Take the 2-minute tour ×
Stack Overflow is a question and answer site for professional and enthusiast programmers. It's 100% free, no registration required.

I was looking into how std::tr1::shared_ptr<> provides the ability to cast to bool. I've got caught out in the past when trying to create a smart pointer that can be casted to bool as the trivial solution, ie

operator bool() {
  return m_Ptr!=0;
}

usually ends up being implicitly castable to the pointer type (presumably by type promotion), which is generally undesirable. Both the boost and Microsoft implementations appear to use a trick involving casting to an unspecified_bool_type(). Can anyone explain how this mechanism works and how it prevents implicit casting to the underlying pointer type?

share|improve this question
    
All great answers, thanks. Good to be able to put a name to it too -- hadn't come across the safe bool idiom before. –  the_mandrill Jul 7 '10 at 10:24

3 Answers 3

up vote 27 down vote accepted

It uses the safe bool idiom. It provides an implicit conversion to a member-function-pointer which can be used in a condition, but nowhere else.


If you're interested, here's how the issue will be handled in C++0x.

share|improve this answer
    
Oh, I knew of the safe bool idiom and recently discovered the explicit conversion operators, but I didn't know about this lil' null_ptr thingy. Thanks :) –  Matthieu M. Jul 7 '10 at 9:12

The trick works like this. You define all this inside your smart pointer type (in this case, shared_ptr):

private:

  struct Tester
  {
    Tester(int) {}  // No default constructor
    void dummy() {}
  };

  typedef void (Tester::*unspecified_bool_type)();

public:

  operator unspecified_bool_type() const
  {
    return !ptr_ ? 0 : &Tester::dummy;
  }

ptr_ is the native pointer inside the smart pointer class.

As you can see, unspecified_bool_type is a typedef to a type that cannot be accessed by any external code, since Tester is a private struct. But calling code can use this (implicit) conversion to a pointer type and check whether it is null or not. Which, in C++, can be used as a bool expression.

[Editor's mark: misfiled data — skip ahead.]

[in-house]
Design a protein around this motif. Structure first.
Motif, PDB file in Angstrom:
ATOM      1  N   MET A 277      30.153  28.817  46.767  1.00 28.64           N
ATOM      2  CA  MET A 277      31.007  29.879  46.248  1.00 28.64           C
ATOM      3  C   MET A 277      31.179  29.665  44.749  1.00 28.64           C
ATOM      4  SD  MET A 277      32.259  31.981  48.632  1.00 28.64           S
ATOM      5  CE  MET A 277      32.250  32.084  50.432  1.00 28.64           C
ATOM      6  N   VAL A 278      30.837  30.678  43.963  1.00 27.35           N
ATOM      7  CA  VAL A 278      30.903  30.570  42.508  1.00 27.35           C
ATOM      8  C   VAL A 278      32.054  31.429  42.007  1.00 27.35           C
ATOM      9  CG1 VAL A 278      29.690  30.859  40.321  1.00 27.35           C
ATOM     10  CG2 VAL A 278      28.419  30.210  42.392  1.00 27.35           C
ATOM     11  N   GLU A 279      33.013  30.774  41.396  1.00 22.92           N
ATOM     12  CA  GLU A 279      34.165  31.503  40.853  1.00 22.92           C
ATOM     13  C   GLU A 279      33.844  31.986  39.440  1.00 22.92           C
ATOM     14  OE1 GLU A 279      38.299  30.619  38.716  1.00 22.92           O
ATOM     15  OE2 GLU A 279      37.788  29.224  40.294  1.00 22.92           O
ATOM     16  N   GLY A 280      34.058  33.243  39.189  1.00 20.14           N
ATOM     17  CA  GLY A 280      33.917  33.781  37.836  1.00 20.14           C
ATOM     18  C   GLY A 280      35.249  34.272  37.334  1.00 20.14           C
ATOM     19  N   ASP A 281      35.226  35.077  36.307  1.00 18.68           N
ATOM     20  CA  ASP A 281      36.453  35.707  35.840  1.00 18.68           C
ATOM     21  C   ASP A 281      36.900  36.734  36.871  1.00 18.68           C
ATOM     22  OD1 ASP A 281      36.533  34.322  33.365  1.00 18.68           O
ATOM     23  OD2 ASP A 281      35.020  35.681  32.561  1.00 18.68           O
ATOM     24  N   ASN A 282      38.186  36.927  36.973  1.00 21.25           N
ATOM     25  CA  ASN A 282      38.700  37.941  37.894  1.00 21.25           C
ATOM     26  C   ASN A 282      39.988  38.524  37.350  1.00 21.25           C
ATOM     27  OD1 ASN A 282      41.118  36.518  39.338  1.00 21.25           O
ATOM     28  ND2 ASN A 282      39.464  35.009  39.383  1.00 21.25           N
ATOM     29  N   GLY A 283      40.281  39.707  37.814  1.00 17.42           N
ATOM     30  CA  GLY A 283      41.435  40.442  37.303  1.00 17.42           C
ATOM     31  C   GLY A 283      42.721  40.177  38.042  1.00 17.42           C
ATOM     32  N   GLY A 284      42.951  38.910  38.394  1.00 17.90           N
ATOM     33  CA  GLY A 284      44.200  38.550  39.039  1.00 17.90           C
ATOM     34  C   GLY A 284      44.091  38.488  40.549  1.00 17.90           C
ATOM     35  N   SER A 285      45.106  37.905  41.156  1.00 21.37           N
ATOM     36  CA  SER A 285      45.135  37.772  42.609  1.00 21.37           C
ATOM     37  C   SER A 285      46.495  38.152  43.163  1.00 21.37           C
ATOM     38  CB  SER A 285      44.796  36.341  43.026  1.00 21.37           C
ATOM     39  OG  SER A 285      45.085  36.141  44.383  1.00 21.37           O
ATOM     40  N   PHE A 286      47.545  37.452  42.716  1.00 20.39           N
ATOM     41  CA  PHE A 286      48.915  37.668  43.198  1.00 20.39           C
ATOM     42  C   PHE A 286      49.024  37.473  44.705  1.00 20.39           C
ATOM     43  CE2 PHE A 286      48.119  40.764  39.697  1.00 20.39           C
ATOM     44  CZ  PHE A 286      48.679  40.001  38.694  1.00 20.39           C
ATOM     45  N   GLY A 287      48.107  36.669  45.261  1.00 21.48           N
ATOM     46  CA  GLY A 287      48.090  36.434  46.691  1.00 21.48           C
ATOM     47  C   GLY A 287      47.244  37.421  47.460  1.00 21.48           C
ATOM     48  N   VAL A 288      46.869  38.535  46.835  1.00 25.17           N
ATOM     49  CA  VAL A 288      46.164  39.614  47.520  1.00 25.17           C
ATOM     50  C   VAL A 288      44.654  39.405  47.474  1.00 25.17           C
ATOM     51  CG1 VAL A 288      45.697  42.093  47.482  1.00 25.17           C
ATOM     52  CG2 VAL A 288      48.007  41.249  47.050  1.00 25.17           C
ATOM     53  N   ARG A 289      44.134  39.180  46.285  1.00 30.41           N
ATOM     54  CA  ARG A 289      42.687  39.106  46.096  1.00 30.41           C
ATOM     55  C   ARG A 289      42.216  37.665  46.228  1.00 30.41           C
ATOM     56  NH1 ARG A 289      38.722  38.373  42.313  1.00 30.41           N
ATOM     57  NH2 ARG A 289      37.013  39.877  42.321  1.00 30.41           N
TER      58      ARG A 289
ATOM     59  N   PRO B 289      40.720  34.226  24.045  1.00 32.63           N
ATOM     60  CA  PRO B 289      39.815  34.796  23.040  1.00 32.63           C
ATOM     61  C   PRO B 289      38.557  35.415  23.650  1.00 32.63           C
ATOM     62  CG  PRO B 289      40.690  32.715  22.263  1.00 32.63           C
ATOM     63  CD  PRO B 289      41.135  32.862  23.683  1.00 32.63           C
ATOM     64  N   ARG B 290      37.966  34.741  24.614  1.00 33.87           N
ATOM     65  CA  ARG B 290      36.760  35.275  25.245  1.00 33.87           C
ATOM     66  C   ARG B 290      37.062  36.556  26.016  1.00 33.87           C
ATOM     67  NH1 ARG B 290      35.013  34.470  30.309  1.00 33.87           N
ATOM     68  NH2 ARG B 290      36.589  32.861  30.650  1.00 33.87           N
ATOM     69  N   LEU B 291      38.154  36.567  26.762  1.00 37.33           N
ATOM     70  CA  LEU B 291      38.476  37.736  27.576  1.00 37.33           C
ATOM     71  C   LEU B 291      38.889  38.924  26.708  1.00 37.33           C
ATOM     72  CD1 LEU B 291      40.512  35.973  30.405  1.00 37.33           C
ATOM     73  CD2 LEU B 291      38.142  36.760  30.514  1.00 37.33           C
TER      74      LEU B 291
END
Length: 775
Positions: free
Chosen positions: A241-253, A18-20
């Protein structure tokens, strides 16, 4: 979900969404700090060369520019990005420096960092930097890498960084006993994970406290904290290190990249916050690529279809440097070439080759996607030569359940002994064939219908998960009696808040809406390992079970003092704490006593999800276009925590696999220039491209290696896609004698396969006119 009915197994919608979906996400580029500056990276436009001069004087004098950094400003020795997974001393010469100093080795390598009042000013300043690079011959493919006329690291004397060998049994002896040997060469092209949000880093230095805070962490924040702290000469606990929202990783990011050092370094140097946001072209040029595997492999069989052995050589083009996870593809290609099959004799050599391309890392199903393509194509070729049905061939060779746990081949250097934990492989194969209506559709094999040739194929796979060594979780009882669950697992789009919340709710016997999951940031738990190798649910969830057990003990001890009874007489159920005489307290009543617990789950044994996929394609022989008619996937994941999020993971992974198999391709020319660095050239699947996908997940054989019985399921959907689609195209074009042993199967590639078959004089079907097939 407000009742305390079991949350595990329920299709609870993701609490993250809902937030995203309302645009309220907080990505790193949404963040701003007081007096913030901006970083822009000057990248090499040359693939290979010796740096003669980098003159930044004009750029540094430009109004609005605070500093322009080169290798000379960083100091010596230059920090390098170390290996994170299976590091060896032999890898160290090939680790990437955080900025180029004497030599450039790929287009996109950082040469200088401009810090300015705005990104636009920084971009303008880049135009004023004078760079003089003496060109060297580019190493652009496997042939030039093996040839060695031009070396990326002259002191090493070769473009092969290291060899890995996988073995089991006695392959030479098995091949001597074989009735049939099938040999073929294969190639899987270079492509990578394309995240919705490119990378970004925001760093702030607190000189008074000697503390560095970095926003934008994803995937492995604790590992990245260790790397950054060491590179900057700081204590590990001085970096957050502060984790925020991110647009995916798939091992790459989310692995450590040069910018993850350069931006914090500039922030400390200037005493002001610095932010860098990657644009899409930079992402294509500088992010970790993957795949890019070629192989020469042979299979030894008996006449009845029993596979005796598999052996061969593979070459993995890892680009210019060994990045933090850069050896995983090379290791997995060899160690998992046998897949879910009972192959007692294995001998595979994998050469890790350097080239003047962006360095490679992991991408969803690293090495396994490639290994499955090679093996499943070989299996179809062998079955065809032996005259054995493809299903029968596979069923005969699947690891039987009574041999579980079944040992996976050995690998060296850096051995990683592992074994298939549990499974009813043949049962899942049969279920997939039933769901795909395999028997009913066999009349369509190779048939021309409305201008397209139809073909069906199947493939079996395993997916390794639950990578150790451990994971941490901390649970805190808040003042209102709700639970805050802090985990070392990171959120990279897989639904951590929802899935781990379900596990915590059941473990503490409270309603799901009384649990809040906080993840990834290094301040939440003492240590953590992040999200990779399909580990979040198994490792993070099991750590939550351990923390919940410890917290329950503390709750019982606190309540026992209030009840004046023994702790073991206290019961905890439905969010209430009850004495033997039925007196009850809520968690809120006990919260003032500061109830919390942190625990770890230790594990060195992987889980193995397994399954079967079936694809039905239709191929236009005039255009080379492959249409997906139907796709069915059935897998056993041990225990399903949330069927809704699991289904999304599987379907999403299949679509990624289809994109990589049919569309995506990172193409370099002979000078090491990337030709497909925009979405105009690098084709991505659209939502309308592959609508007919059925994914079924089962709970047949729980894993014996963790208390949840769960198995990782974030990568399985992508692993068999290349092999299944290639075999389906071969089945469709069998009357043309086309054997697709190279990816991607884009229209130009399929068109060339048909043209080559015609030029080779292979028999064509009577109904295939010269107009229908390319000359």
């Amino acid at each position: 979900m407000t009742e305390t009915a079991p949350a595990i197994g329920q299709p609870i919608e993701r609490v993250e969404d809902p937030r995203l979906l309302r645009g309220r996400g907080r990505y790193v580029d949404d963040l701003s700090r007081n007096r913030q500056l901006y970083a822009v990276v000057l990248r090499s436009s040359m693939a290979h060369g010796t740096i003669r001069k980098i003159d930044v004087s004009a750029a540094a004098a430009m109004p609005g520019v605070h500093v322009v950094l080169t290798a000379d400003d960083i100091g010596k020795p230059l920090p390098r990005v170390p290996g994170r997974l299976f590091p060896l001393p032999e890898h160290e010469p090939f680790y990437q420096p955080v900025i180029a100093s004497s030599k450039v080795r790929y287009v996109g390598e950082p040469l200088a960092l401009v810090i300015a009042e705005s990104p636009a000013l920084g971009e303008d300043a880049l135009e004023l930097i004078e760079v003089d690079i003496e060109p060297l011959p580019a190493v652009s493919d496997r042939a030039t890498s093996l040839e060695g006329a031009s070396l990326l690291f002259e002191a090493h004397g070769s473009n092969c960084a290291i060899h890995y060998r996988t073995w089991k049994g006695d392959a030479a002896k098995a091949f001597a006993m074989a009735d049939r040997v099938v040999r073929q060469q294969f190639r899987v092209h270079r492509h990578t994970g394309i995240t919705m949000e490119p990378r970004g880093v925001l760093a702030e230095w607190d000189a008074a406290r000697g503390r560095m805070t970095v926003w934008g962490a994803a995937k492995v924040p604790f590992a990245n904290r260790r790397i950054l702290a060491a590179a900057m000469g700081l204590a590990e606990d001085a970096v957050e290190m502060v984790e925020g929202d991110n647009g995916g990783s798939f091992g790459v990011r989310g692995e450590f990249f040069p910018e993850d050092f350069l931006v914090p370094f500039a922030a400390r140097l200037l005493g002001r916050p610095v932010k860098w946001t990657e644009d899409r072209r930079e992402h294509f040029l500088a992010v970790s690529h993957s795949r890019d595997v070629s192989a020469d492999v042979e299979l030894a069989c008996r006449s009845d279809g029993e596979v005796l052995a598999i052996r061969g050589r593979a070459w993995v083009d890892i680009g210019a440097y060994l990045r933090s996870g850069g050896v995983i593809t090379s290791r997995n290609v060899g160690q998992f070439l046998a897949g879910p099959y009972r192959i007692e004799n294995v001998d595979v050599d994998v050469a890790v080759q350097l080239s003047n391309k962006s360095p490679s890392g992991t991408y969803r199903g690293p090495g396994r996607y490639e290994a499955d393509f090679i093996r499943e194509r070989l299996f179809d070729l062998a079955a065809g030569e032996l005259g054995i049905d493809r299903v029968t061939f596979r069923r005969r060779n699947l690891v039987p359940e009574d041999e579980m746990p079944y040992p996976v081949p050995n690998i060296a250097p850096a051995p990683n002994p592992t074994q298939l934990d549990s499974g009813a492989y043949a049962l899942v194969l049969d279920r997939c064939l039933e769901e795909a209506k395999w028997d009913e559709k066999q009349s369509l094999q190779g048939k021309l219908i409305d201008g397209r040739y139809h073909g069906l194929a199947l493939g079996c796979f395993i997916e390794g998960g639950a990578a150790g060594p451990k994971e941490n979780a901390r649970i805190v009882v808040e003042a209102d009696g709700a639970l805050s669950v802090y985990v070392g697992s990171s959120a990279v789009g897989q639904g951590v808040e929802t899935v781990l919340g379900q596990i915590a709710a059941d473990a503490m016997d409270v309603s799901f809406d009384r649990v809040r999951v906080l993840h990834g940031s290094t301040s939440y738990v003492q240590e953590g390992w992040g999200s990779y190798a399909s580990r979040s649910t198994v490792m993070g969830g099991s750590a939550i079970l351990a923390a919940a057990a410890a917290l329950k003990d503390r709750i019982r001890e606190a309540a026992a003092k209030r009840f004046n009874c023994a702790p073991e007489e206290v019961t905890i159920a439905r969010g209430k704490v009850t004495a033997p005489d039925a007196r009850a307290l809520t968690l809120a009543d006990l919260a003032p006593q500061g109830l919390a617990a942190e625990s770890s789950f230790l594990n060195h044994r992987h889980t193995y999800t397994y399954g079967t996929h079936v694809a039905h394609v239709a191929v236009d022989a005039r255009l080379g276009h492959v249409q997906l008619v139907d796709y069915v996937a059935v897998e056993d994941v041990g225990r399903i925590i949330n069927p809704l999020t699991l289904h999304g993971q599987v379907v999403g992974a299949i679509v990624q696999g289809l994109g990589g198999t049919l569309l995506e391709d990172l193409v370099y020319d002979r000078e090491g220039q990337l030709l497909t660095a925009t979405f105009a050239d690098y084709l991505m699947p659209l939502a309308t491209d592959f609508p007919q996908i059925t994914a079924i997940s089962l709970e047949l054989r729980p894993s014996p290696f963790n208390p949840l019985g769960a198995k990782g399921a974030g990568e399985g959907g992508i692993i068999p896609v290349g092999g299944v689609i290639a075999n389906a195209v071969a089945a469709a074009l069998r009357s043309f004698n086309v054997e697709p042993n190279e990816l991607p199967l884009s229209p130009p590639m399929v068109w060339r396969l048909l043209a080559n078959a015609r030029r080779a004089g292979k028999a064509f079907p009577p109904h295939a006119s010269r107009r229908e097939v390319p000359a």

share|improve this answer
    
What's up with the ##ModelId? –  kennytm Jul 7 '10 at 8:55
    
@KennyTM: Sorry, just removed that. –  Gorpik Jul 7 '10 at 8:55
1  
You need to provide implementations of != and == for Tester::unspecified_bool_type or you'll allow meaningless comparissons between instances of the class to compile. –  Joe Gauterin Jul 7 '10 at 8:59
    
@Joe Gauterin: Why? Tester::unspecified_bool_type is just a pointer (a pointer to a function, in fact), you don't need to define such a thing. And there is no problem in comparing those pointers; after all, the comparisons behave as expected. –  Gorpik Jul 7 '10 at 9:07
1  
@Gorpik: If you == compare two instances of a class using the idiom, they'll both implicitly convert to the unspecified_bool_type, the comparrison will return whether they both have the same conversion to unspecified_bool_type, not whether they are equal. –  Joe Gauterin Jul 7 '10 at 10:15

Usually what it returns is a member pointer. Member pointers can be treated like a bool but don't support many of the implicit conversions which bool does.

share|improve this answer

Your Answer

 
discard

By posting your answer, you agree to the privacy policy and terms of service.

Not the answer you're looking for? Browse other questions tagged or ask your own question.